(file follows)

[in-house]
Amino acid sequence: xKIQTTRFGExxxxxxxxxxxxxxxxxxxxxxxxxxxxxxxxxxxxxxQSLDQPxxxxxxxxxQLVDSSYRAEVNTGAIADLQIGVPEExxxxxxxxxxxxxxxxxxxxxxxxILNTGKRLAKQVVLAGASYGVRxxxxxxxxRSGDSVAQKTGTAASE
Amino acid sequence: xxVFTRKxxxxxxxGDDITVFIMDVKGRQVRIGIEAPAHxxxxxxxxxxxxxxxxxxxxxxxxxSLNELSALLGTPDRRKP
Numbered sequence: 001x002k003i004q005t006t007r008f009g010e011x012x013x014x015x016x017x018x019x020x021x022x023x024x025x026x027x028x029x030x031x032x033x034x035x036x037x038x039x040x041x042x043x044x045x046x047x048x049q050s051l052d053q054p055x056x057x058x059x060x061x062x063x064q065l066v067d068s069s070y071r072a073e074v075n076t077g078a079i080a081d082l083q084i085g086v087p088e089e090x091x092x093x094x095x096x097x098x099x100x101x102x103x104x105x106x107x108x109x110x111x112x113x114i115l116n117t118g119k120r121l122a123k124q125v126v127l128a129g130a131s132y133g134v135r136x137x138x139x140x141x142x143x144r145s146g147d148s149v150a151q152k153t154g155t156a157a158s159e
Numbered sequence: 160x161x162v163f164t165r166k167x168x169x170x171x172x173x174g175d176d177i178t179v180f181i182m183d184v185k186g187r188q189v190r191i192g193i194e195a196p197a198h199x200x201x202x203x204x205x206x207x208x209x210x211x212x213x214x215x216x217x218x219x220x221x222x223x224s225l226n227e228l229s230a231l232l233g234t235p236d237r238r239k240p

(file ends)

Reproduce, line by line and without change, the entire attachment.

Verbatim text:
[in-house]
Amino acid sequence: xKIQTTRFGExxxxxxxxxxxxxxxxxxxxxxxxxxxxxxxxxxxxxxQSLDQPxxxxxxxxxQLVDSSYRAEVNTGAIADLQIGVPEExxxxxxxxxxxxxxxxxxxxxxxxILNTGKRLAKQVVLAGASYGVRxxxxxxxxRSGDSVAQKTGTAASE
Amino acid sequence: xxVFTRKxxxxxxxGDDITVFIMDVKGRQVRIGIEAPAHxxxxxxxxxxxxxxxxxxxxxxxxxSLNELSALLGTPDRRKP
Numbered sequence: 001x002k003i004q005t006t007r008f009g010e011x012x013x014x015x016x017x018x019x020x021x022x023x024x025x026x027x028x029x030x031x032x033x034x035x036x037x038x039x040x041x042x043x044x045x046x047x048x049q050s051l052d053q054p055x056x057x058x059x060x061x062x063x064q065l066v067d068s069s070y071r072a073e074v075n076t077g078a079i080a081d082l083q084i085g086v087p088e089e090x091x092x093x094x095x096x097x098x099x100x101x102x103x104x105x106x107x108x109x110x111x112x113x114i115l116n117t118g119k120r121l122a123k124q125v126v127l128a129g130a131s132y133g134v135r136x137x138x139x140x141x142x143x144r145s146g147d148s149v150a151q152k153t154g155t156a157a158s159e
Numbered sequence: 160x161x162v163f164t165r166k167x168x169x170x171x172x173x174g175d176d177i178t179v180f181i182m183d184v185k186g187r188q189v190r191i192g193i194e195a196p197a198h199x200x201x202x203x204x205x206x207x208x209x210x211x212x213x214x215x216x217x218x219x220x221x222x223x224s225l226n227e228l229s230a231l232l233g234t235p236d237r238r239k240p